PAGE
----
With the promise of global coverage, low latency, and a usable capacity of over a terabit per second, the low Earth orbit constellation being built by OneWeb is shaping up to be a gamechanger for connectivity around the globe. Simple Flying spoke to Ben Griffin, Vice President of Mobility at OneWeb, about why the network is perfect for aviation and what benefits we can expect.
Aviation is key for OneWeb
As competition in the low Earth orbit (LEO) space intensifies, some of the players have begun to show their hand in terms of the focus markets for their coverage. SpaceX has revealed plans to beam WiFi to aircraft using lasers. At the same time, Inmarsat has thrown its hat into the ring with plans for LEO additions for its multi-spectrum, multi-orbit ORCHESTRA solution.
But for British company OneWeb, using the power of LEO to enhance inflight connectivity is not just an afterthought. The network is being built with mobility in mind. Simple Flying caught up with Ben Griffin, VP Mobility at OneWeb, to uncover the company’s plans. He told us,
“Aviation is a key focus, and is in the sweet spot of low Earth orbit satellites, specifically OneWeb, because we’re able to offer connectivity everywhere. It doesn’t matter whether you’re over the middle of the Atlantic, over a polar route or over a hub airport or where ever you’re flying, you don’t lose coverage.
“Aviation is really important to us both from a revenue perspective, and because it demonstrates the capabilities of the network really well. So mobility is a very big part of OneWeb’s plans.”
OneWeb plans to deliver global coverage via its LEO network by the end of 2022, and despite COVID, is well on track to achieve this aim. Promising usable capacity of more than one terabit per second, this technology could be a gamechanger for inflight WiFi.
LEO connectivity could change everything
To date, inflight WiFi has largely been provided by geostationary satellites (GEO). While these huge, expensive vessels have high-capacity capabilities, by the physical nature of being in stationary orbit, it means some areas of the globe lack coverage. GEO providers have attempted to solve this with launches of new satellites, but it’s an inherent downfall in the race to provide global coverage.
With LEO networks placed in the right orbits, this problem goes away. OneWeb’s network has been designed for just this purpose, eliminating ‘black spots’ by providing 100% coverage around the globe. But that’s not the only reason it could be great for connected aviation.
As is suggested by the name, LEO satellites maintain an orbit that is much closer to Earth than traditional GEO satellites. OneWeb’s constellation maintains a distance of around 1,200 km (746 miles) above the Earth’s surface, compared to a distance of 36,000 km (22,400 miles) for GEO satellites. This nearer-to-Earth positioning makes for a much lower latency – something that’s not often appreciated until it’s desperately needed. Griffin explained,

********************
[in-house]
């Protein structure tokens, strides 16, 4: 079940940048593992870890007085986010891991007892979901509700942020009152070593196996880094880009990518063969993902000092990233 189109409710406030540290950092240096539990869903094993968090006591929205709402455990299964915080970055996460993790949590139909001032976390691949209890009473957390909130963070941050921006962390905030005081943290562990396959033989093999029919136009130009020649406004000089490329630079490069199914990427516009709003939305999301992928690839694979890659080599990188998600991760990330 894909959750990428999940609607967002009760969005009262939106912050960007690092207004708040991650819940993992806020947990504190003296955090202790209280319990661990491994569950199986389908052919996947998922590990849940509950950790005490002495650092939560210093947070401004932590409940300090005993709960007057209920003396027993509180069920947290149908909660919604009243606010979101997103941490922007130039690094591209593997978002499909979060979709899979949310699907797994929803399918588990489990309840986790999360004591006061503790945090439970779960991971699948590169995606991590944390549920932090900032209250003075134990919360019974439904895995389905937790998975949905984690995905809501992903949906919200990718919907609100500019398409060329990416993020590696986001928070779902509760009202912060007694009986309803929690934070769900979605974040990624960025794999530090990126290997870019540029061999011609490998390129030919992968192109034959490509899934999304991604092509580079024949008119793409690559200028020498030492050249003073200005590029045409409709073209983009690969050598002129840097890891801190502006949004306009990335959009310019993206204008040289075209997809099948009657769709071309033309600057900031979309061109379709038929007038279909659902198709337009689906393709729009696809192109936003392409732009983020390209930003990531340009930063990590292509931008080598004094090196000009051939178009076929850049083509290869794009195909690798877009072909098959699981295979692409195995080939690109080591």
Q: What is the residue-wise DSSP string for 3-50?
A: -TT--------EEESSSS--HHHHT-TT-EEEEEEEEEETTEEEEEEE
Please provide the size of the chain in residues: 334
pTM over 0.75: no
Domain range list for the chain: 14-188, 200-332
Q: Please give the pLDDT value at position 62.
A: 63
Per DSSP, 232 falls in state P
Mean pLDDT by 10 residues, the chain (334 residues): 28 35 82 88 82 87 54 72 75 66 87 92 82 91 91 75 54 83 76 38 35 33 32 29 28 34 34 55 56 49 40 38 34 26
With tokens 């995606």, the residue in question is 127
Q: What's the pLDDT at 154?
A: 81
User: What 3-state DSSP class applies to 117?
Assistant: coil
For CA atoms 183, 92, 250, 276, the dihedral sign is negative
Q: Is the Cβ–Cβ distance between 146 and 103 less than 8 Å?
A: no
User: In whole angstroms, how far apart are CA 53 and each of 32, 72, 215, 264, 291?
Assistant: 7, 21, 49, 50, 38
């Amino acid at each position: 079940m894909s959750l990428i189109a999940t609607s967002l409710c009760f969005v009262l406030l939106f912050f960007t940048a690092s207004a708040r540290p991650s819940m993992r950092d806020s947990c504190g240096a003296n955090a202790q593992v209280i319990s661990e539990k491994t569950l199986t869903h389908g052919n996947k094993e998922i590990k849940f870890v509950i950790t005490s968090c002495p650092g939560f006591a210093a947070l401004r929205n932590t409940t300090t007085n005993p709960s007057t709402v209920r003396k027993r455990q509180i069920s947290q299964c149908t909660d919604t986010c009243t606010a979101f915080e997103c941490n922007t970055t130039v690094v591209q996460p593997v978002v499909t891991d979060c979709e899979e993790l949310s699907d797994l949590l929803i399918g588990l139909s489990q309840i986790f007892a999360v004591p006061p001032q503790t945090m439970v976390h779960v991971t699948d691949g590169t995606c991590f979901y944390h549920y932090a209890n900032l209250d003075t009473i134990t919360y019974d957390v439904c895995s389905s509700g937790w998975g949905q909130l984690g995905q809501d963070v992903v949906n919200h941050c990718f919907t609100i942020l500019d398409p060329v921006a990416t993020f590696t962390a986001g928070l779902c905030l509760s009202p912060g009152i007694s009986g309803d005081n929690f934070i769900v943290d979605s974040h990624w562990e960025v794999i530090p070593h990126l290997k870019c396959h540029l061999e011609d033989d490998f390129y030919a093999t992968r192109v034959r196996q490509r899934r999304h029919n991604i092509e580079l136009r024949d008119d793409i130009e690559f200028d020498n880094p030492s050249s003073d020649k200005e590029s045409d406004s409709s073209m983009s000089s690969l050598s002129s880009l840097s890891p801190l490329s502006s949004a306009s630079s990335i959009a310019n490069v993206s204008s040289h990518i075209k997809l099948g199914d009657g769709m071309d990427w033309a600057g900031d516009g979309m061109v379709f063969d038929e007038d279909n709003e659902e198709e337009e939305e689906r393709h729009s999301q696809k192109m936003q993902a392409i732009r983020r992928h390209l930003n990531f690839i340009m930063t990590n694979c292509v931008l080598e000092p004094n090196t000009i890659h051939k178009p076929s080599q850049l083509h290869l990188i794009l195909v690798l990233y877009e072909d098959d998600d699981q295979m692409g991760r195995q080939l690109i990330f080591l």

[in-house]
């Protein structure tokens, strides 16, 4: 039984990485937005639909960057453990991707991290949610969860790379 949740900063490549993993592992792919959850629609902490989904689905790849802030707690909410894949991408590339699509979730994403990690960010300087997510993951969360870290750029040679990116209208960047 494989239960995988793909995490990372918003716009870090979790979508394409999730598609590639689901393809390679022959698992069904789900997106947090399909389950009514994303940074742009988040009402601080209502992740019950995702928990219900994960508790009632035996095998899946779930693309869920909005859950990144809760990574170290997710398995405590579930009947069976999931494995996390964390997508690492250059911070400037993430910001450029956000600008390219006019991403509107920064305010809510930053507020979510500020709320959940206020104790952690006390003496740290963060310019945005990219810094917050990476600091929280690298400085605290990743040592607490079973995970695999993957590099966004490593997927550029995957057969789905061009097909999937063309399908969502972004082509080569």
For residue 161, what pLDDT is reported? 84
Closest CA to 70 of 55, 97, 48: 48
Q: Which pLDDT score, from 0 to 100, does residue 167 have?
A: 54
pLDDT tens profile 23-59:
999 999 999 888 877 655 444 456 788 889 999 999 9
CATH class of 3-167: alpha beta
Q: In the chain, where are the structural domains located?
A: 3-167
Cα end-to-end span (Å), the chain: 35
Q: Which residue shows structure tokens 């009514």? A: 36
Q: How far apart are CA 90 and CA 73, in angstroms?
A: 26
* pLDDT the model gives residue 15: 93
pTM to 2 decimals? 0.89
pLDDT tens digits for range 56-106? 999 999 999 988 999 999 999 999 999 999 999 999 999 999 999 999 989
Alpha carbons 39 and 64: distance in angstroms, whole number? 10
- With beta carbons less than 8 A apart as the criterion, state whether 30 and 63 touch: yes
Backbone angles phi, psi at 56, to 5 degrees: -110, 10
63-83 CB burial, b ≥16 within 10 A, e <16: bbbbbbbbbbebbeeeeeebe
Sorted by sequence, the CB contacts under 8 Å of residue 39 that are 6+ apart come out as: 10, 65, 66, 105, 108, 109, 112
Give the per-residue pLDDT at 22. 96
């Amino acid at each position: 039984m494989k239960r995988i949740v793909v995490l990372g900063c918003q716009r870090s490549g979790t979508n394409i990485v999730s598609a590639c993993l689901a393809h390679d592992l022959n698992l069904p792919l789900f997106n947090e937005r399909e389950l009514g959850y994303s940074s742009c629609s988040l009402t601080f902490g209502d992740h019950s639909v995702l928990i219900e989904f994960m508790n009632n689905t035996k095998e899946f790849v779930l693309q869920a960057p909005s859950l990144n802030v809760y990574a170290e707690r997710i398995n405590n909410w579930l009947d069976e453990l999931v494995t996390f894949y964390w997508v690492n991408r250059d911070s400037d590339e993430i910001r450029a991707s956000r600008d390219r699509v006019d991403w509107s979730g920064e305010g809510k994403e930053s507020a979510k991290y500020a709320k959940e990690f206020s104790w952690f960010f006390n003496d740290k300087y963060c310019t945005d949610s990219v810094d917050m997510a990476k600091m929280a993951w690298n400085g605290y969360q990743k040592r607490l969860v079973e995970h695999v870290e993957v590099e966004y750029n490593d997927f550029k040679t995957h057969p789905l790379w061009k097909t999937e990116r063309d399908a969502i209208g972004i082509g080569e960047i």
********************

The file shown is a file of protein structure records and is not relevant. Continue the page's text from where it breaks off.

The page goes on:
“People don’t necessarily know what it means until they have a bad experience with latency. If they are trying to do cloud computing or are trying to hold a conversation online, it gets really annoying very quickly.
“User experience is very important, as is physically being able to hold sessions on certain applications. And as 5G rolls out terrestrially, we’re going to get more and more used to low latency, because that’s what 5G is all about. If we’re going to move ahead as an industry, we have to replicate that as much as possible in the air.”
With existing GEO satellites, it’s physically impossible to improve the latency due to their location so far away from Earth. With OneWeb’s LEO network, low latency is built-in, guaranteed by its proximity to the planet.
Another key benefit of LEO technology like OneWeb’s is the relatively short lifespan of the satellites themselves. LEO satellites have an operational life of around seven years, compared to 15 years upwards for GEO satellites.
In most industries, such a short lifespan could be viewed as a limitation. But in the fast-moving world of communications technology, being able to adopt the latest upgrades more swiftly is a hugely positive thing. Griffin commented,
“We’re going through the process of addressing the needs for our second-generation satellites now. We’re already thinking about that before we’ve finished deploying the first generation. That’s great because we already know most of what we want it to be.”
As well as upgrading the space hardware much faster than GEO networks, OneWeb plans to improve the sustainability of the aircraft hardware too. Earlier in the year, it announced a partnership with Satixfy to develop an Electronically Steered Antenna for the network. This type of antenna not only has a lower profile and lower drag than its mechanically steered counterparts, but the lack of moving parts also means its lifespan is far greater too.
OneWeb has already begun its conversations with both commercial airlines and business jet owners. The commercial service introduction for the network will be towards the end of 2022, with a launch in the aviation sector projected for around the second quarter of 2023. Griffin is hopeful of the service launching in both the commercial and bizjet segments by the end of 2023, heralding a new era, at last, of decent inflight WiFi for all.
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